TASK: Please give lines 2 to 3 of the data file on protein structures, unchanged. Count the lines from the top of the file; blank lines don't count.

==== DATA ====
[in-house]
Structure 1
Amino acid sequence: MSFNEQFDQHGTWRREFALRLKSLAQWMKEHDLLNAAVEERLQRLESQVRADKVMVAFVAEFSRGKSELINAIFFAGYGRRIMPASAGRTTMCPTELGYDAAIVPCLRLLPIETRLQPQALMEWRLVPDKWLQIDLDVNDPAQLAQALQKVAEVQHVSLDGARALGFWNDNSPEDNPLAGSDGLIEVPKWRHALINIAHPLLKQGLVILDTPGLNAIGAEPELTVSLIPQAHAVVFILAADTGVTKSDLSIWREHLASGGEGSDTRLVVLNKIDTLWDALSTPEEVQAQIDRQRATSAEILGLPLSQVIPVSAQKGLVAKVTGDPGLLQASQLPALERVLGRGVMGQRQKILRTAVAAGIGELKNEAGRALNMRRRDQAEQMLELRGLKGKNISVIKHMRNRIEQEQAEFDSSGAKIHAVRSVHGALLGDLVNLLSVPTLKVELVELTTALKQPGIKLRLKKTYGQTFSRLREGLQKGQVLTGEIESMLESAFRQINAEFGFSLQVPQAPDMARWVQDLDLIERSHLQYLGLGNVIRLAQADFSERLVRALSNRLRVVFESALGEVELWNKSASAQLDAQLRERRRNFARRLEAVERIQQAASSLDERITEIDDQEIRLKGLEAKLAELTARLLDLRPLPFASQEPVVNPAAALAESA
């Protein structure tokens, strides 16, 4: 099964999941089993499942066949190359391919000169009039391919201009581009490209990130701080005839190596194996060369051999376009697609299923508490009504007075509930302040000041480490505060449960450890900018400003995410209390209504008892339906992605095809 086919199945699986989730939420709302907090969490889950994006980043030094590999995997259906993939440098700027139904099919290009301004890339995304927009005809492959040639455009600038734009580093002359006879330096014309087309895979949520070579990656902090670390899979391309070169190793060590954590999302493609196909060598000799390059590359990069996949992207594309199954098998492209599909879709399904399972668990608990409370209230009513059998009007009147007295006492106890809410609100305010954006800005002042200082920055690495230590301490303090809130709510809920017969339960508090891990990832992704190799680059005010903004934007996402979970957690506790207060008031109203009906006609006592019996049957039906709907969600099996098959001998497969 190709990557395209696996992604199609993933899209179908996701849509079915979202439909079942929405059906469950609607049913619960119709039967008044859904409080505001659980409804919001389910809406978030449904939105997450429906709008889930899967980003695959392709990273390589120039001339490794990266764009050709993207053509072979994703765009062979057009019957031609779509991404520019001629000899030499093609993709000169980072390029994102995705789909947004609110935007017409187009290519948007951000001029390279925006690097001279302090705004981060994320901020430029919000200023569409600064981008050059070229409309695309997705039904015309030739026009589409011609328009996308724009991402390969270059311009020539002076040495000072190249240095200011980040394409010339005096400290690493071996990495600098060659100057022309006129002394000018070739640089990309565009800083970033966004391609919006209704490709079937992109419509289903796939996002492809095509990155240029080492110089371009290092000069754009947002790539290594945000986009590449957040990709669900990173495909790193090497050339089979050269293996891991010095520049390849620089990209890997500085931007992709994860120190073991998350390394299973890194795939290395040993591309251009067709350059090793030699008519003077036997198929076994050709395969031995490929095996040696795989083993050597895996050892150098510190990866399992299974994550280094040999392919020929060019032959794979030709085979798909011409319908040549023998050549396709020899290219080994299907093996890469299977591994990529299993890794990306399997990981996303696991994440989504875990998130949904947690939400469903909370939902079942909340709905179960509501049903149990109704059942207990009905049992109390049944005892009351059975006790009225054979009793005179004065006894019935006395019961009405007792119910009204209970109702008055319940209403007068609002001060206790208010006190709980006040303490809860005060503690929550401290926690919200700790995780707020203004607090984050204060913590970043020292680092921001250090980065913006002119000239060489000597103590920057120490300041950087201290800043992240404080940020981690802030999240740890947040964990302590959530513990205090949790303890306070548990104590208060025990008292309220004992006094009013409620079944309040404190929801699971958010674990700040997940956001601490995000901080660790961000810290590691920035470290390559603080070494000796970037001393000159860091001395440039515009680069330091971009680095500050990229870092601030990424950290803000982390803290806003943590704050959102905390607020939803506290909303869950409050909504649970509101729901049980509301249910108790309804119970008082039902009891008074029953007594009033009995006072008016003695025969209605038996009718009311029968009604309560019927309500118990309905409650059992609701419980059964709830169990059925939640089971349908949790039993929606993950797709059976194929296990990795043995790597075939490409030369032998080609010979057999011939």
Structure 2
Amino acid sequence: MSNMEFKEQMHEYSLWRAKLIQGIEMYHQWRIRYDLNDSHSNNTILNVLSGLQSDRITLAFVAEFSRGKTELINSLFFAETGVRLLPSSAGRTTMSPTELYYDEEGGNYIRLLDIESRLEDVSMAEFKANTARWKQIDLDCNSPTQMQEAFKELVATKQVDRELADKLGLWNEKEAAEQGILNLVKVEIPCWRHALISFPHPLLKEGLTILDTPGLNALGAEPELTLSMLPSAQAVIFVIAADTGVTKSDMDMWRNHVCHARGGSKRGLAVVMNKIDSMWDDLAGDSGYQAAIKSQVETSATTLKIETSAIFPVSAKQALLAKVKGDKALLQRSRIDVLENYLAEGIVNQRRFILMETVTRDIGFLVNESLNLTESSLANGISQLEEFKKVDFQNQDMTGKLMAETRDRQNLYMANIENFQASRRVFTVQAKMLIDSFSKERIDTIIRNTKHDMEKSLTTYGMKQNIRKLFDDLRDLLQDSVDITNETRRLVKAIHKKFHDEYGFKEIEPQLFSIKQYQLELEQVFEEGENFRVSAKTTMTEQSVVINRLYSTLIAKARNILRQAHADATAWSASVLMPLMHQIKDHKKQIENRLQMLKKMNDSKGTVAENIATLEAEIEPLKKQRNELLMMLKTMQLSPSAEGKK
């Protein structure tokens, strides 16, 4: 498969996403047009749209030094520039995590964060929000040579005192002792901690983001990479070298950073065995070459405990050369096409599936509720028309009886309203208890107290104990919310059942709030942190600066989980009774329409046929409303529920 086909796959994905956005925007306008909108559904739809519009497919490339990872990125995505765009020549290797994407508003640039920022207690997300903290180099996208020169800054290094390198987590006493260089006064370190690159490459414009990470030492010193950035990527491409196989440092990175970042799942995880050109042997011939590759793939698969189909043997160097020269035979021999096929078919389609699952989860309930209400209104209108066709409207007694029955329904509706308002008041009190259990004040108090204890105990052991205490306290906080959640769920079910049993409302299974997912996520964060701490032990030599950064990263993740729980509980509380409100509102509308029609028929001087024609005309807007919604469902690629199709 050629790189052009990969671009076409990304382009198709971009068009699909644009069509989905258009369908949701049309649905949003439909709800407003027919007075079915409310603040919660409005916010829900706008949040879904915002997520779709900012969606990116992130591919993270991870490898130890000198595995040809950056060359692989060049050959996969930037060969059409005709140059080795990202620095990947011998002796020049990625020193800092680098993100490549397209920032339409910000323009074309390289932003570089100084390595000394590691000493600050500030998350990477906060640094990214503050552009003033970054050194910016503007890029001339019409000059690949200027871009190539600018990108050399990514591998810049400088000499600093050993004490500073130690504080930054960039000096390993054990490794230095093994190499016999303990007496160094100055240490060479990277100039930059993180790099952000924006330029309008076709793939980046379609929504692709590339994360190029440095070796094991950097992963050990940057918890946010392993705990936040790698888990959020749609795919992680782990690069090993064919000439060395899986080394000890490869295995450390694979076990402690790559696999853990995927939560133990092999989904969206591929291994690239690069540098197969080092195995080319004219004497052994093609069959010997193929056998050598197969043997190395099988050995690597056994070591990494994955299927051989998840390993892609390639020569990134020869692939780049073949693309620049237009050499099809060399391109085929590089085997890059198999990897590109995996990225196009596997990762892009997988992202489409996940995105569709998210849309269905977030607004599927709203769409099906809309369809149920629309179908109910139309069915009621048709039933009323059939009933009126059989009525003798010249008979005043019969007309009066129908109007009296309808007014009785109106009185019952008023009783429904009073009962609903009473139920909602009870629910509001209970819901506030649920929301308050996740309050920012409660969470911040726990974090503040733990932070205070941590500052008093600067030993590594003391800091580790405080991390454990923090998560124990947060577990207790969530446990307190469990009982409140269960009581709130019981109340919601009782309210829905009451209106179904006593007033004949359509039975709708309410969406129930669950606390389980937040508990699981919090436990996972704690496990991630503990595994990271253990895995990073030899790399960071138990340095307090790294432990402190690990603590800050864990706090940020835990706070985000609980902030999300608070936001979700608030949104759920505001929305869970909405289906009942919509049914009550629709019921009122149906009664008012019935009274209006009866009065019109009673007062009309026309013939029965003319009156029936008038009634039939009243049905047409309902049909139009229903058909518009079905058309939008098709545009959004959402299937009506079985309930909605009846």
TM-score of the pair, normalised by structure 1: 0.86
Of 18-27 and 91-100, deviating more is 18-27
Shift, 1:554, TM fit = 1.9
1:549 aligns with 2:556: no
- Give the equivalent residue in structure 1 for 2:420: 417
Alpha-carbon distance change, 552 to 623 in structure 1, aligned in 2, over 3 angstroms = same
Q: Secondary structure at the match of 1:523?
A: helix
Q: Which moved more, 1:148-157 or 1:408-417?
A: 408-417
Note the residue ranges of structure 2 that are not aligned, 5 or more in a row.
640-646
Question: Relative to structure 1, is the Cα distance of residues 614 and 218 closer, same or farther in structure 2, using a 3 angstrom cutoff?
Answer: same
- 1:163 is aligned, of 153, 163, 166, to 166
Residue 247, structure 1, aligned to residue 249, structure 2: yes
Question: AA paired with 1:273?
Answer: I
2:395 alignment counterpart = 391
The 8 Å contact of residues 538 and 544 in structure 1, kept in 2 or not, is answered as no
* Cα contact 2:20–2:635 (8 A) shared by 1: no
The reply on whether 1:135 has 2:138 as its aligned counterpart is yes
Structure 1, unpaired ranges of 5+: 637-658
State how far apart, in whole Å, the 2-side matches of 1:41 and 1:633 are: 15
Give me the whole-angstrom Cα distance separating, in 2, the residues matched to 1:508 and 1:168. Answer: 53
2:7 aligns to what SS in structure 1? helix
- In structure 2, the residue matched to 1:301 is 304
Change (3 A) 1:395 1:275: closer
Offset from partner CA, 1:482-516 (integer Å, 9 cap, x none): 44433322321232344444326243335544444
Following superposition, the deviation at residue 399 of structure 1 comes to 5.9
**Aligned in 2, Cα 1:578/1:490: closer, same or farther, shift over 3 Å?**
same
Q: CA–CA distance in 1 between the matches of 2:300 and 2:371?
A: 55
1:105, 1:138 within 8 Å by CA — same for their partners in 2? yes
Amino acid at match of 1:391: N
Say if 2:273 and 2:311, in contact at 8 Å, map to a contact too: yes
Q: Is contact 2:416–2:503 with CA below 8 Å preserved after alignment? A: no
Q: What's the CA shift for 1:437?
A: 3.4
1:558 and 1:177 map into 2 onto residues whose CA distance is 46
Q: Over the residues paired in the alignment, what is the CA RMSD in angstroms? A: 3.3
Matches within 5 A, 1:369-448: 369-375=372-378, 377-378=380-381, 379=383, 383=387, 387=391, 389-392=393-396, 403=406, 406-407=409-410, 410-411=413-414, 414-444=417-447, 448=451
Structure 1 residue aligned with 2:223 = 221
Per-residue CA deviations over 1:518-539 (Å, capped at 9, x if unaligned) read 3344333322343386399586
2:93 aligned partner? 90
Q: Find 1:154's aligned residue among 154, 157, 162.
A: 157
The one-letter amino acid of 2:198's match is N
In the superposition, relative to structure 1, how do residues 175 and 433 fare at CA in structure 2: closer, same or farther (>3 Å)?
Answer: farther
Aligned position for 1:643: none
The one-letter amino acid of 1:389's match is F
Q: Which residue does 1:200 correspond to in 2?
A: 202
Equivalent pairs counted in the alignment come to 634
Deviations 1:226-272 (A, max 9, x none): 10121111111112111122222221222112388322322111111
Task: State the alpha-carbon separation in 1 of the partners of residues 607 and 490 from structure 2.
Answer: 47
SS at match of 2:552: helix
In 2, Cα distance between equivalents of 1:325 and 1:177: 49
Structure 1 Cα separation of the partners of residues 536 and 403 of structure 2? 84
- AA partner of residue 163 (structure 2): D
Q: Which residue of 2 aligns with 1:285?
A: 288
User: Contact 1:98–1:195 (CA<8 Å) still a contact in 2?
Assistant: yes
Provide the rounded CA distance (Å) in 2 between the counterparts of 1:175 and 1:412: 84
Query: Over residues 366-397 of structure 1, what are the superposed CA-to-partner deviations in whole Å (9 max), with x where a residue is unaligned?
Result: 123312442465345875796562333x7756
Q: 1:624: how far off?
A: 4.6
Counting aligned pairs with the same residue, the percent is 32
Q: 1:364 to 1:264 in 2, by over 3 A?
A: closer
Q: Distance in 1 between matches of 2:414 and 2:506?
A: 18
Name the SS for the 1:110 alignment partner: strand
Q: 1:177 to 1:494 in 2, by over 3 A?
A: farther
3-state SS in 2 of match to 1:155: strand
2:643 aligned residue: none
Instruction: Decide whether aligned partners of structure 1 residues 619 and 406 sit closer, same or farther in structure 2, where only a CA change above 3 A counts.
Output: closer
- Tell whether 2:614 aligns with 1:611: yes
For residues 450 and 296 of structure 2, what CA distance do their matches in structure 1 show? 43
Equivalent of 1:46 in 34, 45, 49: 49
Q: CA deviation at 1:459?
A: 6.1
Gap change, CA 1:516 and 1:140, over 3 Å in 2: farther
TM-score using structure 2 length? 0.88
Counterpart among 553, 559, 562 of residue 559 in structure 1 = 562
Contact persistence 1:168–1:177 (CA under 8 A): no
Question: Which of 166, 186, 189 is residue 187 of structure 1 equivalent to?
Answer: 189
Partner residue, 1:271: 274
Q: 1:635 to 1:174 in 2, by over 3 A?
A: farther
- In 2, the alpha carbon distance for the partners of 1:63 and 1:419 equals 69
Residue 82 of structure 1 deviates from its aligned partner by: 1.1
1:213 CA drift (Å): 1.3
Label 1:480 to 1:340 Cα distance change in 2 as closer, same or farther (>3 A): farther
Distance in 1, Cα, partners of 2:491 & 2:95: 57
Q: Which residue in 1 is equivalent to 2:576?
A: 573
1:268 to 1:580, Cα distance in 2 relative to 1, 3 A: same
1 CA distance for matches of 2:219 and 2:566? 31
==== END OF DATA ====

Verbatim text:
Structure 1
Amino acid sequence: MSFNEQFDQHGTWRREFALRLKSLAQWMKEHDLLNAAVEERLQRLESQVRADKVMVAFVAEFSRGKSELINAIFFAGYGRRIMPASAGRTTMCPTELGYDAAIVPCLRLLPIETRLQPQALMEWRLVPDKWLQIDLDVNDPAQLAQALQKVAEVQHVSLDGARALGFWNDNSPEDNPLAGSDGLIEVPKWRHALINIAHPLLKQGLVILDTPGLNAIGAEPELTVSLIPQAHAVVFILAADTGVTKSDLSIWREHLASGGEGSDTRLVVLNKIDTLWDALSTPEEVQAQIDRQRATSAEILGLPLSQVIPVSAQKGLVAKVTGDPGLLQASQLPALERVLGRGVMGQRQKILRTAVAAGIGELKNEAGRALNMRRRDQAEQMLELRGLKGKNISVIKHMRNRIEQEQAEFDSSGAKIHAVRSVHGALLGDLVNLLSVPTLKVELVELTTALKQPGIKLRLKKTYGQTFSRLREGLQKGQVLTGEIESMLESAFRQINAEFGFSLQVPQAPDMARWVQDLDLIERSHLQYLGLGNVIRLAQADFSERLVRALSNRLRVVFESALGEVELWNKSASAQLDAQLRERRRNFARRLEAVERIQQAASSLDERITEIDDQEIRLKGLEAKLAELTARLLDLRPLPFASQEPVVNPAAALAESA